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DIRECTIONS TO SANDIA CREST; HANDICAP ACCESS & SAFETY CONSIDERATIONS

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DIRECTIONS TO SANDIA CREST; HANDICAP ACCESS & SAFETY CONSIDERATIONS

Rosyfinch
Administrator
DIRECTIONS TO SANDIA CREST; HANDICAP ACCESS

Do not confuse the base of the Sandia Peak Ski Area, at the 7 mile mark, with Sandia Crest, at 13.5 miles, the very top. There are no Rosy-Finch feeders at the Ski Area!  The Tram from Albuquerque goes to the Peak, which is a mile south of the Crest.  The 1.5 mile trail connecting the Peak and Crest should not be attempted by casual hikers, especially in winter.  

Either:
Take I-40 East out of Albuquerque to Exit 175 (Cedar Crest/ NM 14). Exit 175 is about 20 miles East of the I-25 / I-40 intersection.  Exit right from I-40 but bear to the left and then (at the traffic light) pass under I-40 to the north, following NM-14

Or:
Take I-40 West from the Texas Panhandle to Exit 175 (Cedar Crest/ NM 14).  Exit right from I-40, and turn right on  NM-14 Northbound.

Then:
Follow NM-14 signs north past Cedar Crest, total of about 6.0 miles, to NM 536 westbound, also known as the Crest Road or the road to the Sandia Ski Area.  There is a gasoline station on the right side of the street just before the left turn.  

Take NM-536 all the way to the top, about 13.5 miles (10,678 feet elevation). Look for Clark's Nutcrackers and Northern Pygmy-owl at the ski lift area, and Cassin's Finches and Pine Grosbeaks all along the higher reaches of the road.

The road to Sandia Crest, which is fully paved,  is usually well maintained (plowed and heavily sanded).  Because of the ski area, it is essential for the Forest Service to keep it open to the ski lifts,  which are about 2/3 of the way up the 13 miles to the top.  Sometimes after a particularly big snowfall, or if there is a lot of blowing snow, there can be drifts and early morning ice in the upper reaches.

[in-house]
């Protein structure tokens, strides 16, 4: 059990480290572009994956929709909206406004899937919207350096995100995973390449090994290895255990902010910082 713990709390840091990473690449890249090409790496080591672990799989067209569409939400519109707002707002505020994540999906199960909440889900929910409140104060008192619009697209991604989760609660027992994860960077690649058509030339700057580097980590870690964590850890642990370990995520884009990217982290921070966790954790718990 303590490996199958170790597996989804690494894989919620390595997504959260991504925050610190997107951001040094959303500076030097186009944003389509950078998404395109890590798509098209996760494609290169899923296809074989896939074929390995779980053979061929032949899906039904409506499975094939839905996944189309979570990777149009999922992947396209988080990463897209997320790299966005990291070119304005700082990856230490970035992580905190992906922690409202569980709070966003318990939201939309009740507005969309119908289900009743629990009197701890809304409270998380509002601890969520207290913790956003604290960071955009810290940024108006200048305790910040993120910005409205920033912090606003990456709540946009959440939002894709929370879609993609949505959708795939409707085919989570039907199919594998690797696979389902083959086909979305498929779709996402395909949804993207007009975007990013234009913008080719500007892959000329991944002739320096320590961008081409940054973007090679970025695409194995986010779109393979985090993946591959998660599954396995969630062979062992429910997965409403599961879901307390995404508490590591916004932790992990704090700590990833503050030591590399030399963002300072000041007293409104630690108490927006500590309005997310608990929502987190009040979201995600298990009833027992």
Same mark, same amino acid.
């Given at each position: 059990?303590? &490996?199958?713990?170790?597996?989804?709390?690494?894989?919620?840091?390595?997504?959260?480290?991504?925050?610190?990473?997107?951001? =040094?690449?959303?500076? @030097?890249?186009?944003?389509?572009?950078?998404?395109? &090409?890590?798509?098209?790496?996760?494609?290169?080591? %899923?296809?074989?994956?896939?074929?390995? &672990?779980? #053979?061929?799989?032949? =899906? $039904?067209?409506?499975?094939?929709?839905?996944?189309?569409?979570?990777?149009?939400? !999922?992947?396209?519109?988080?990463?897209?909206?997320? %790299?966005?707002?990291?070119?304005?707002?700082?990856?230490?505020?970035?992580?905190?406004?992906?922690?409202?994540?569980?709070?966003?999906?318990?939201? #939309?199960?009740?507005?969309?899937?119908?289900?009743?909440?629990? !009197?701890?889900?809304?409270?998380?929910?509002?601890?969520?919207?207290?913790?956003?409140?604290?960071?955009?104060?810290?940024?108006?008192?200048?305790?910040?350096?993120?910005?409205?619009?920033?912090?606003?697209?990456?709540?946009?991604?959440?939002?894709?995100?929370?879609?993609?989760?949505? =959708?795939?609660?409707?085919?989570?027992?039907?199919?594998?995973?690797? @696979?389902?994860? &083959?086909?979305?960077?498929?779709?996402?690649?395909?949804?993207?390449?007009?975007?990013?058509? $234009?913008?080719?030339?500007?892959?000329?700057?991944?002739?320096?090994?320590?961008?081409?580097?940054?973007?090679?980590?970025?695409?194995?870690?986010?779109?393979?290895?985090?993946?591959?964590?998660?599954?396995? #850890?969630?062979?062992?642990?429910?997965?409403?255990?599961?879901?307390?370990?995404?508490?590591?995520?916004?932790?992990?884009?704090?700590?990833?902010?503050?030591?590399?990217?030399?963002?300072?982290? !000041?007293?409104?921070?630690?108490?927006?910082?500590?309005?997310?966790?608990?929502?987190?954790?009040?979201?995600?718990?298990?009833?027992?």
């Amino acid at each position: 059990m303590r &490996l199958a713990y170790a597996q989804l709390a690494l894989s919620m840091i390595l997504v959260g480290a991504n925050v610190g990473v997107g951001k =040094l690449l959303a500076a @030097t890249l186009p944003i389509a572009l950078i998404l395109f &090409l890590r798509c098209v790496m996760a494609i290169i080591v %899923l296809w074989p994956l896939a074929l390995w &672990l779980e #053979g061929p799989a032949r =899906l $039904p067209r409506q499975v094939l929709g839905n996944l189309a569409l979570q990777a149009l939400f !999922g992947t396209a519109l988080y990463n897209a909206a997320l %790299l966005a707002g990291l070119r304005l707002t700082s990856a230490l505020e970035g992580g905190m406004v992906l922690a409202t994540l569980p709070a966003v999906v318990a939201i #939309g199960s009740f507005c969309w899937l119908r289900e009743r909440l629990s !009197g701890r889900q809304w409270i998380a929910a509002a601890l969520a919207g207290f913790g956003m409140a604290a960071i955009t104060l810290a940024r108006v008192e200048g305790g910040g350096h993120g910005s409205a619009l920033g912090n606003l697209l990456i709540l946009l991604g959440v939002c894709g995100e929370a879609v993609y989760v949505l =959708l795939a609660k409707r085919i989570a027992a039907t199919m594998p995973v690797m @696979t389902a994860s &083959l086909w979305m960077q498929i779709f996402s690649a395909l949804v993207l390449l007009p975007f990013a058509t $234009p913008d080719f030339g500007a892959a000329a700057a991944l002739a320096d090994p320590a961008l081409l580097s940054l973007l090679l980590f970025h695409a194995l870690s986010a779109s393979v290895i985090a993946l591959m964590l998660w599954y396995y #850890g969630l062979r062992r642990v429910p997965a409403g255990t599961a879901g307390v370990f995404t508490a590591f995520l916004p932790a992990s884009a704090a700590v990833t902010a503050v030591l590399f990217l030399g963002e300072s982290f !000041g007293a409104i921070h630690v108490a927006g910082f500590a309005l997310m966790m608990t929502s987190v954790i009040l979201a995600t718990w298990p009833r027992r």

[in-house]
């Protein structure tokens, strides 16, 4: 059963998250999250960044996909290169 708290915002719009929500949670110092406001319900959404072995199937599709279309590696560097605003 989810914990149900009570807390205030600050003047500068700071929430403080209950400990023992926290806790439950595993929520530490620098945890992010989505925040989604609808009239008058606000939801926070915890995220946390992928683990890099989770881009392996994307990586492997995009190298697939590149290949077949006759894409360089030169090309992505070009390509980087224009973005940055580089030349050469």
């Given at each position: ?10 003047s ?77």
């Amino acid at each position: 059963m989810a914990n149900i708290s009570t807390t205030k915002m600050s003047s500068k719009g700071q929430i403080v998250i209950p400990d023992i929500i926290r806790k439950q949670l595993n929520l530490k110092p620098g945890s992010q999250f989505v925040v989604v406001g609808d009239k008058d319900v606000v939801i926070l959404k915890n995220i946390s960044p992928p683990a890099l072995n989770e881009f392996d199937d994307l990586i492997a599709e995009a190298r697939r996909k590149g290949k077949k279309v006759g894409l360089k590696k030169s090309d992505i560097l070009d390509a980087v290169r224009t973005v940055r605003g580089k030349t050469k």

Be particularly careful at curves and at stretches of road that are in the shade. We never had trouble in our 4WD Nissan Pathfinder, and  a front wheel drive sedan should be able to make it even without chains if the road is sanded and there are no drifts.  

If you arrive after a snowfall, call the Sandia Ranger District (505-281-3304) and ask about road conditions.  The State Highway Department Web page provides information about road conditions.  Note the date and time of the advisory as it may be out of date, or call Road Advisory Hotline at:  1-800-432-4269. Be sure to check the weather and not attempt the drive up the mountain in heavy snow or immediately after a snowfall.

Be alert for rosy-finches on the way up, at the Ellis and 10K Trail heads. Check for  rosy-finches from the lower Crest parking lot, just before the  the very top.  They often roost in the trees around the parking lot, and can be observed if you use your car as a blind.

Feeders will be maintained there or relocated to the upper parking lot. The lower lot may not be maintained and plowed while Crest House is closed, but we expect the upper lot to be cleared.

In any case there is danger from slippery conditions. Plan to have a companion with you in the event you are injured and incapacitated, as hypothermia is a great danger at high altitudes with extremely cold and windy conditions. At least carry a cell phone.

Notes about Handicapped Access; Health and Safety Considerations:

The Crest House has designated handicapped parking in the upper lot, but snow and gravel may obscure the stripes and markings.  The lot is paved but at a moderate uphill grade.  It can be slippery.  

Because of the very high high altitude (each breath at 10,678 feet delivers one third less oxygen than at sea level), it is safer to acclimatize by spending at least one night at 5000 to 7000 feet, and making several short trips rather than venturing up for a long period of time.  Even if you are in good health you should avoid over-exertion and drink plenty of fluids, and retreat to a lower elevation if you suffer symptoms such as headache, weakness, nausea, or dizziness.  If you have heart or circulatory problems you should consult your physician.  

All developed Picnic areas have handicapped spaces in the parking lots and usually have one or two tables that are more accessible.  When open and snow conditions permit, Doc Long, Capulin Spring and Nine Mile Picnic areas have parking places amid the trees (Ponderosas at Doc Long and mixed conifers at Nine Mile).  The trail at Balsam Glade, while not paved, is quite clear and level.   It is possible to bird effectively from your vehicle in the parking lots and along the Crest Road, but do not stop in the roadway and especially not on curves.  Use pullouts or the shoulder where not prohibited.

Be patient.  The Rosy-Finches seem to come and go about every 30-60 minutes, in compact flocks.  Once the juncos start feeding, it is a good omen (though the Rosies will not alight on the feeder if Steller's Jay is present).  

For more information visit this link.
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